Arming Christian Students With the Truth
by J Warner Wallace
This week, we’ve been examining a strategy to stem the tide of young Christians leaving the Church during their college years. I suggest we stop teaching and start training. I’ve outlined a simple model (using T.R.A.I.N. as an acronym) to help describe the difference between training and teaching. Teaching is about imparting knowledge; training is about preparing for battle. If we want to adequately prepare students for the challenges they will face in their university years, we need to test them to expose their weaknesses, require more from them than we think they can handle, arm them with the truth (and teach them how to articulate it), involve them in the battlefield of ideas, and nurture their wounds as we model the nature of Jesus. The third step in this training process involves arming students with the truth.
In my experience as a youth pastor, I learned the importance of providing intellectual tools and training. I watched my first graduating class of seniors walk away from Christianity in large percentages before I embraced a Case Making approach with my students. After observing the struggle these seniors experienced, I changed the way I prepared my students. I began to draw upon my experience as a police officer for guidance. Young officers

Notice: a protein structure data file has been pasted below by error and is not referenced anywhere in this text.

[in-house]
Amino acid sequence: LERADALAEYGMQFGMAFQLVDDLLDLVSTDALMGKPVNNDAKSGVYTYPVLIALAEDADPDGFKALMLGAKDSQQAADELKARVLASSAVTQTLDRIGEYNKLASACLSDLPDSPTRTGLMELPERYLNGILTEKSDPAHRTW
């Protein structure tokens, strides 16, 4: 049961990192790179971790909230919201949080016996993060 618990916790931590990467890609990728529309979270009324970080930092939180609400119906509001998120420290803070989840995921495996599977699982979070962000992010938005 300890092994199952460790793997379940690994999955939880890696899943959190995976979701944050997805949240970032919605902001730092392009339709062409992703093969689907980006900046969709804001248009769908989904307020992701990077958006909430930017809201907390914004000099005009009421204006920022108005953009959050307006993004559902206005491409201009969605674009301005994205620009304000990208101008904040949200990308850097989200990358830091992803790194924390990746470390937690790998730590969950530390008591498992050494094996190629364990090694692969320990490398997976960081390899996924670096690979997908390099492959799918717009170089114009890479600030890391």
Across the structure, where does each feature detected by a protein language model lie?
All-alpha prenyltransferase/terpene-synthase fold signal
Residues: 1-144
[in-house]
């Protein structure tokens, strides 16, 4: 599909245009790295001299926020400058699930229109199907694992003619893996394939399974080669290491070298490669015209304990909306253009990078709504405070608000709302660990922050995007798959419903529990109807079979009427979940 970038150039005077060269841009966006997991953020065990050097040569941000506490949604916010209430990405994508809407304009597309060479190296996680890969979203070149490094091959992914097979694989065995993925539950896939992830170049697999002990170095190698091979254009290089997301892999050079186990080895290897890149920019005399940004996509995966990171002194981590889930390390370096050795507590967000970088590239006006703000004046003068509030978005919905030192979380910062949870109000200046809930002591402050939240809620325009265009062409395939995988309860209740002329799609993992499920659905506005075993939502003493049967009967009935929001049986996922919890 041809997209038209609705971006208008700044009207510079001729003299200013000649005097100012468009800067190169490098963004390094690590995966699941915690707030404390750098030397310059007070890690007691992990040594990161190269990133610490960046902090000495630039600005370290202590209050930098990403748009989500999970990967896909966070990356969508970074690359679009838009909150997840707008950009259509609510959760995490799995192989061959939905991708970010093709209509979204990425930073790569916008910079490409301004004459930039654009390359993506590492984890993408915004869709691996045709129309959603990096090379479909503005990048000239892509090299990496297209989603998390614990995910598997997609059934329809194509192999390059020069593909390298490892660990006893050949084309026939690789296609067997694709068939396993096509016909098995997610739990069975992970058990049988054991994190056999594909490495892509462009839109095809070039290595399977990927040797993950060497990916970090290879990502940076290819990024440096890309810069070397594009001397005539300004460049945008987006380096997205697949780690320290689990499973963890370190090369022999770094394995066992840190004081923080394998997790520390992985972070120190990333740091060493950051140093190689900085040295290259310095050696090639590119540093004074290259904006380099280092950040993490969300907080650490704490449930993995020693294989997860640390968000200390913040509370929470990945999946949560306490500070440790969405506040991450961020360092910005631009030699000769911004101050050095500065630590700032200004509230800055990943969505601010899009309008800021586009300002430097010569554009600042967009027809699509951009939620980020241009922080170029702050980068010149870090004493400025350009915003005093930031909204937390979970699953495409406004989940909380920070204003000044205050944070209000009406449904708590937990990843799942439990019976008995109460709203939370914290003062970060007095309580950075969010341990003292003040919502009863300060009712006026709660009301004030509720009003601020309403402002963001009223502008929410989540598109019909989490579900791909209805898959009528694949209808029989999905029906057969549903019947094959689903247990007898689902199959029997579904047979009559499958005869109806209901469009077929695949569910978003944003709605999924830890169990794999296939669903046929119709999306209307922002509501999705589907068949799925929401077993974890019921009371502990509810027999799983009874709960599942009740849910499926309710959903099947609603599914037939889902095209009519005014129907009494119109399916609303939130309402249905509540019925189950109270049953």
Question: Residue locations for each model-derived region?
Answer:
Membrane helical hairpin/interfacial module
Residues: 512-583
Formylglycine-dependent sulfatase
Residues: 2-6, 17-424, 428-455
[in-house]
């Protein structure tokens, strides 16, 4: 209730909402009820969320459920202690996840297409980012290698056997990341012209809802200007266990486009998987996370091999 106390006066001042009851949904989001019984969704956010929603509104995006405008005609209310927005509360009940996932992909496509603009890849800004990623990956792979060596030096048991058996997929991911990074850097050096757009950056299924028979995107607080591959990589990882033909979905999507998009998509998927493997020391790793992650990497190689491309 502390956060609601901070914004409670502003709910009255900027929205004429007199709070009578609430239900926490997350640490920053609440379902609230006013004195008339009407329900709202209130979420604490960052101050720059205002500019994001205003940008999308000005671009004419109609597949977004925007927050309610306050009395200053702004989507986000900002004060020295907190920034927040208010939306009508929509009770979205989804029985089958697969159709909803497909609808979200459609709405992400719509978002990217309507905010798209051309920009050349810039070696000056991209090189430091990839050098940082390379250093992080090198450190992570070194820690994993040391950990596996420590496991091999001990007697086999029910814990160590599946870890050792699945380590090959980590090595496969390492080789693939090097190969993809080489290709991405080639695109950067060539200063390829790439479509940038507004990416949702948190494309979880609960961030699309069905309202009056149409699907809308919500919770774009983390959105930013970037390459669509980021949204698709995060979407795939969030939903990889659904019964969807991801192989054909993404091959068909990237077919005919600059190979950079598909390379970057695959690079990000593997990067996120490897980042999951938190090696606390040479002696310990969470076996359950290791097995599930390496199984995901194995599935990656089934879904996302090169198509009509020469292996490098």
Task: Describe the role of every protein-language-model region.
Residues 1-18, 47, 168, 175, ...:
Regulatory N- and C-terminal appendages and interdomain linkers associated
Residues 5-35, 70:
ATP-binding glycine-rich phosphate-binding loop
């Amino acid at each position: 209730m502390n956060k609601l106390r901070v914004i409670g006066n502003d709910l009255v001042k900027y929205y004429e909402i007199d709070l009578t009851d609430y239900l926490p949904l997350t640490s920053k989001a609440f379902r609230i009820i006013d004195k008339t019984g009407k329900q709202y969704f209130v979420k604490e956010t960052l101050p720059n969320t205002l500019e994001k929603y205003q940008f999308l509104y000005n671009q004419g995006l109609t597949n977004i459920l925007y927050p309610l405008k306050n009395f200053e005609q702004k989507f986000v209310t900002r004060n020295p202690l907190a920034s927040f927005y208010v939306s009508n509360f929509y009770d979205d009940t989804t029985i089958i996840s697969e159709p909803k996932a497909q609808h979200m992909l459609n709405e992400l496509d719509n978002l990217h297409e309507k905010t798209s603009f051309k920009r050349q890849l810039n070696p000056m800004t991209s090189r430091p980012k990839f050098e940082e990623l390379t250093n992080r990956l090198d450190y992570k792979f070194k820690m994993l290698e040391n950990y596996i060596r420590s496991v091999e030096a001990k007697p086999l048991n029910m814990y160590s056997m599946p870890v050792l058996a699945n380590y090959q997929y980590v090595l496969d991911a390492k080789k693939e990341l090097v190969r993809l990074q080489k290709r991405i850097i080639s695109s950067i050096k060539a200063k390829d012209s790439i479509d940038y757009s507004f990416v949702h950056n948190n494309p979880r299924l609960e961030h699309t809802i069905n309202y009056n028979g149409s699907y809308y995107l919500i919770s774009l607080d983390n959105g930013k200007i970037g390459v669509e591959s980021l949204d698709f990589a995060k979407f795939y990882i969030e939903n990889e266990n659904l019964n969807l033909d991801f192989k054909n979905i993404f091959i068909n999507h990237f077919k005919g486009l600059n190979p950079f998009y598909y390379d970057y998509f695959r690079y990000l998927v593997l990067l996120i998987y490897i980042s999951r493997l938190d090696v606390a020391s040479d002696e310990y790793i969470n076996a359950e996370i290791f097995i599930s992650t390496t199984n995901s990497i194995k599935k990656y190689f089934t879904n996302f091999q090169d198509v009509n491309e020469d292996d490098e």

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are given and number of tools to help us do the job, but even more importantly, we are provided with the necessary training in how to use these tools. When it comes to equipping Christian students, the evidences for God’s existence, the reliability of the Bible, and the truth of the Christian worldview are the tools we must provide (sources like On Guard and Cold-Case Christianity may be helpful). Beyond this, however, young Christians need to know how to think about these evidences and communicate them to others (resources like Tactics and How to Talk to a Skeptic may be helpful here).
When young officers train, we are exposed (some for the first time) to the reality of challenge we will be facing. Our training officers are tough. They often tell us, “The more you sweat in here, the less you’ll bleed out there.” They don’t hesitate to show us everything we might encounter in the field. In a similar way, we have to prepare students by exposing them directly to the challenges they will face from an aggressive opposition. It’s not enough to prepare them with the evidence from our side of the argument; we’ve got to address the claims of the opposition directly. This requires us to expose students to the most substantive claims of atheism we can find in the short time we have these students in our midst…